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S. Nath, J. Sherman, M. Battaglia; Is OPTOS Imaging Additive or Duplicative to a Dilated Fundus Exam? . Invest. Ophthalmol. Vis. Sci. 2005;46(13):1554.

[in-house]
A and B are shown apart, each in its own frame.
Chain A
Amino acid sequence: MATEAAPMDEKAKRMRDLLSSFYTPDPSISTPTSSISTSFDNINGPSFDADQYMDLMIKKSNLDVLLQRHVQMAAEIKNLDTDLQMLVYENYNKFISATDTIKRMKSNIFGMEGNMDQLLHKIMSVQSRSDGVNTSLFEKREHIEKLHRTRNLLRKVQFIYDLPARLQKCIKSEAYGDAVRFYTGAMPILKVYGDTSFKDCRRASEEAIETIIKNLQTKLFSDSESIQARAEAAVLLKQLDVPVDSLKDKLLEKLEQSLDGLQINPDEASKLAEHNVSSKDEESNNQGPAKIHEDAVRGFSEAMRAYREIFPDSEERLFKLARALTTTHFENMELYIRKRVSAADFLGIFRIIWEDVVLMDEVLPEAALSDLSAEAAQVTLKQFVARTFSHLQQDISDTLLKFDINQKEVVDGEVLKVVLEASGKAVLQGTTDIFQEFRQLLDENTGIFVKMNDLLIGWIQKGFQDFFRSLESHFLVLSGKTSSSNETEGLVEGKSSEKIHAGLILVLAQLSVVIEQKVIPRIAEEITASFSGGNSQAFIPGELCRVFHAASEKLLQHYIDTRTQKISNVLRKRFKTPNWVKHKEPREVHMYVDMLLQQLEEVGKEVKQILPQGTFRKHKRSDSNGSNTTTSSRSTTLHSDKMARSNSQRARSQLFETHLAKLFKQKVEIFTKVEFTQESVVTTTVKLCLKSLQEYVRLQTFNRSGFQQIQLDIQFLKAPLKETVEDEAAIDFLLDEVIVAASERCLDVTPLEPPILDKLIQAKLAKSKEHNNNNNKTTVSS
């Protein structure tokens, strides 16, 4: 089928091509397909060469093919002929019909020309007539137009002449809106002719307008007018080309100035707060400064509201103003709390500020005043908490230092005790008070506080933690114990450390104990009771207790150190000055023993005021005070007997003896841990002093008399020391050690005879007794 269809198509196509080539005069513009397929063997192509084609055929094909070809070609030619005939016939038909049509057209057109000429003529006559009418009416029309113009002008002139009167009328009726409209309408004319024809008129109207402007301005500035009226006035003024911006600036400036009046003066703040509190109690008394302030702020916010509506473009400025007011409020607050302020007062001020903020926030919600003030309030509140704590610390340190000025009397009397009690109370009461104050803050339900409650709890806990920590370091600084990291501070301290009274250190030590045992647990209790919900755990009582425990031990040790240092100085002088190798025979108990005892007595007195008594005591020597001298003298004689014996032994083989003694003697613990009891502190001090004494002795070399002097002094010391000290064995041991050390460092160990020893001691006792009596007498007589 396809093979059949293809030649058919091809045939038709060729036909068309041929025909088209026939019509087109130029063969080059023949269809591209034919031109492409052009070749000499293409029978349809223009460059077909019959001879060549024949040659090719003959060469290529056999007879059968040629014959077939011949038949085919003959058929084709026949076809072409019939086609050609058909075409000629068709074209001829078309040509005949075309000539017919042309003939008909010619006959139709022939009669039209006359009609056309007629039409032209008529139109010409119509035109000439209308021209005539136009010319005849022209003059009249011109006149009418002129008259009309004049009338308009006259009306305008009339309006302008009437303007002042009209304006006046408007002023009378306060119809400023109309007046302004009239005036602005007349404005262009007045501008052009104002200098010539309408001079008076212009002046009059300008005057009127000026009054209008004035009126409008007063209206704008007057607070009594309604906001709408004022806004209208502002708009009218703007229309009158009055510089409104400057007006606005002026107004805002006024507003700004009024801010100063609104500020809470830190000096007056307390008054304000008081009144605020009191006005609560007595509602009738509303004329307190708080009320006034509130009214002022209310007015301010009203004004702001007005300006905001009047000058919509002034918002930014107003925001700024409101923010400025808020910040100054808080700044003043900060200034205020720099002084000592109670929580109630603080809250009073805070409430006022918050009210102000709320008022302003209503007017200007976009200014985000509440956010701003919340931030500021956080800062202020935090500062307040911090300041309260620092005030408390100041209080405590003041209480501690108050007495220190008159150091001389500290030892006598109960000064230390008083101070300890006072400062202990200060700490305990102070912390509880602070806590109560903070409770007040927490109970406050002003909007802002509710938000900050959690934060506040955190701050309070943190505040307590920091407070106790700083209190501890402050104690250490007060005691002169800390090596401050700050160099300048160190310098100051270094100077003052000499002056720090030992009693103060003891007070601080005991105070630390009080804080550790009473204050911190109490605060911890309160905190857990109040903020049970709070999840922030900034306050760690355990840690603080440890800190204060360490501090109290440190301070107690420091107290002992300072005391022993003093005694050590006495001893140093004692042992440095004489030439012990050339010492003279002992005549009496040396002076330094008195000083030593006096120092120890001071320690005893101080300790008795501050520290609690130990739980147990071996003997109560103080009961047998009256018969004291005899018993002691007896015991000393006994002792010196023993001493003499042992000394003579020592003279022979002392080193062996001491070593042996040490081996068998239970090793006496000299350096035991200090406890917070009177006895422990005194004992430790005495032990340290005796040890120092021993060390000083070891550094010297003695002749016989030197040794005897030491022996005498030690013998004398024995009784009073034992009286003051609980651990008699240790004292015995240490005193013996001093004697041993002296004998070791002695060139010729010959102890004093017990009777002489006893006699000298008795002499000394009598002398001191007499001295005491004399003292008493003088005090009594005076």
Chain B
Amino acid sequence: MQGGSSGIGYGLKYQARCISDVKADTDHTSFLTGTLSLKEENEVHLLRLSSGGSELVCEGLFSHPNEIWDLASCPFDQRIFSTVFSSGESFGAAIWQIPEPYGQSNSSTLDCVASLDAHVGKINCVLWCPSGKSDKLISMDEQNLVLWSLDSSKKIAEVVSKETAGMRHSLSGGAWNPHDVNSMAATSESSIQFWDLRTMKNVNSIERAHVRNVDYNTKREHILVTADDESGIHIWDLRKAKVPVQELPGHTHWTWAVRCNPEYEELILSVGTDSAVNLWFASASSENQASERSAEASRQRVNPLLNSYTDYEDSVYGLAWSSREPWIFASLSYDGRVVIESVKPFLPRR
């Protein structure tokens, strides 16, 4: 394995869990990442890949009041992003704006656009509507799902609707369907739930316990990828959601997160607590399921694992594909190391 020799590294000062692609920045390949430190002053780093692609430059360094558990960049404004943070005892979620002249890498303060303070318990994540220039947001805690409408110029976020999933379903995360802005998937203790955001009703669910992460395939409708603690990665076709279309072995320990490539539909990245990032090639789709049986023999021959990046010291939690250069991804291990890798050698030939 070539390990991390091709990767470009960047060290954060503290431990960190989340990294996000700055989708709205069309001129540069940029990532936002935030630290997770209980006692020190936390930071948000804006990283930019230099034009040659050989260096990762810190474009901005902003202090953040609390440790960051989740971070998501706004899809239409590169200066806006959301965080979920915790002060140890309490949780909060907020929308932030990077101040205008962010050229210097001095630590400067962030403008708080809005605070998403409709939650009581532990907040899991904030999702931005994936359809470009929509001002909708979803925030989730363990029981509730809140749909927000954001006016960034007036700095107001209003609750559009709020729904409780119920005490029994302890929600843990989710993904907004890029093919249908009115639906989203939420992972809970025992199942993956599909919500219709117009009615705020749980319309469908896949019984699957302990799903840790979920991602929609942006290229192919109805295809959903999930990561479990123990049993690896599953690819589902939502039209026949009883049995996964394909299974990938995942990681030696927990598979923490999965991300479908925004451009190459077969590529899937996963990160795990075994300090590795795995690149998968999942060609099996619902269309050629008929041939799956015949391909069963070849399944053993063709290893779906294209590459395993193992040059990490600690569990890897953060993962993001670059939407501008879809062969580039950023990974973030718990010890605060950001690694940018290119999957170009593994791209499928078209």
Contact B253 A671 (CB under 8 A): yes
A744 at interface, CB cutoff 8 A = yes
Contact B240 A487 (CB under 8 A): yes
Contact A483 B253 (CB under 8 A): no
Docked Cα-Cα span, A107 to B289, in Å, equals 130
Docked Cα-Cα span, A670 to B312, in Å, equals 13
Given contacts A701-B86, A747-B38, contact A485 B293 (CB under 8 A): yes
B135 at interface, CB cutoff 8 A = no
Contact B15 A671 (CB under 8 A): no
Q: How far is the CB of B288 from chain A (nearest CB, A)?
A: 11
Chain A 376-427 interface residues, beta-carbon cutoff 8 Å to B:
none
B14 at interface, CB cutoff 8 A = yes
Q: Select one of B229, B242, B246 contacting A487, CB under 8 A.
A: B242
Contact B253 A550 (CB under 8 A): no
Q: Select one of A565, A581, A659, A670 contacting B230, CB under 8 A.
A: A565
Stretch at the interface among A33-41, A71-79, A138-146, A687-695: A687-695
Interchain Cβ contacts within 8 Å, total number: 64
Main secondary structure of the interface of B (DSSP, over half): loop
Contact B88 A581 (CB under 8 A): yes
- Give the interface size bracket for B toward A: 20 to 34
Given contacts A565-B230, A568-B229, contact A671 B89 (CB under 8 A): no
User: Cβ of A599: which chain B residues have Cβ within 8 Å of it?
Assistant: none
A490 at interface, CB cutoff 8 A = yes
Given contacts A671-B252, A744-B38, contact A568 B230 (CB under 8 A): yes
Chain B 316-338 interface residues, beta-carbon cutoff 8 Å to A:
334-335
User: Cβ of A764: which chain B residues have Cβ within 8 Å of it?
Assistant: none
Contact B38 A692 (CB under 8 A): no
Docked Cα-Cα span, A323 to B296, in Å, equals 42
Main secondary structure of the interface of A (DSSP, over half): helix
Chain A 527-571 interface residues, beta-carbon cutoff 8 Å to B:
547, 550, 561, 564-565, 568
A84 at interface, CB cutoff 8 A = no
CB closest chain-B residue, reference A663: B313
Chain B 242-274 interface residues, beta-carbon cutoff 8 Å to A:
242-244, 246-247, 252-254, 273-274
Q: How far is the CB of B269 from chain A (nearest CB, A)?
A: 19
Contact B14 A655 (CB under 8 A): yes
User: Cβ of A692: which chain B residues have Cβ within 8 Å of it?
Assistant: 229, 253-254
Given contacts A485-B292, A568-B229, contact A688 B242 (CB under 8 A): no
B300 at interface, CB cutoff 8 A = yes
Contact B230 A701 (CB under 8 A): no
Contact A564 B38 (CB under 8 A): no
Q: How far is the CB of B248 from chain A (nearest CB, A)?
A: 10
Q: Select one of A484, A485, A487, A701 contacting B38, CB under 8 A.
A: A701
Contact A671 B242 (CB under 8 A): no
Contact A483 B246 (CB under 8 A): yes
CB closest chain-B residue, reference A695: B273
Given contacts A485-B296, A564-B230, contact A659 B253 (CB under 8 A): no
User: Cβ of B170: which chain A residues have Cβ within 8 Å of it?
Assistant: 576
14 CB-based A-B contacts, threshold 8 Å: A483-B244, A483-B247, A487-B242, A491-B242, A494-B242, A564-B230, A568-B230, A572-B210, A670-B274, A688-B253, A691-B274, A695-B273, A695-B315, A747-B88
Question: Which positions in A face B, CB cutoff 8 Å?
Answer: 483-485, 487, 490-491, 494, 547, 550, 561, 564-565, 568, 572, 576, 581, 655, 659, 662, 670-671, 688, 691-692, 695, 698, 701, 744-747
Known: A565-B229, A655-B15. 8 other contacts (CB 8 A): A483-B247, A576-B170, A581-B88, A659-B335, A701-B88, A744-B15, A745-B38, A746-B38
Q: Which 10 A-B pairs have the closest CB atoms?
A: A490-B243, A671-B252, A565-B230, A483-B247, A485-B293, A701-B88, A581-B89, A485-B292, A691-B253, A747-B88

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Purpose: To determine whether the acquisition and analysis of OPTOS panoramic imaging of the fundus detects lesions missed during routine dilated exams utilizing slit lamp ophthalmoscopy with a fundus lens and binocular indirect ophthalmoscopy. Methods: As part of a comprehensive exam of 50 consecutive patients with known or suspected disorders of the retina and/or choroid, OPTOS images were obtained. After the traditional ophthalmoscopic exam (that included fundus drawings) was performed, the treating clinician then reviewed the OPTOS images with another clinician experienced in OPTOS analysis but who did not examine the patient. Fundus abnormalities detected by the OPTOS analysis but missed by the treating clinician were noted and categorized. The treating clinician had the opportunity to re–examine the patient in order to confirm the presence of a lesion(s) previously not observed. Results: 13 (or 26%) of the initial fundus drawings failed to document lesions found by the clinician reviewing the OPTOS images only. The lesions missed were choroidal nevi (2), intra–retinal hemorrhages (5), sub–RPE hemorrhage (1), retinoschisis (1), peripheral neovascularization or telangiectasia (2), peripheral retinal horseshoe tear (1), and a mid–peripheral toxo scar. Eight of these lesions were detected by contrasting the red laser channel (that preferentially images the choroid) and green laser channel (that preferentially images the retina). Conclusions: Although originally designed as a screening device for routine (undilated) exams, the OPTOS appears to expose some retinal and choroidal lesions missed during dilated fundus exams. Hence, the OPTOS evaluation appears to be additive (as well as duplicative) to the dilated exam using the BIO or slit lamp with a fundus lens.
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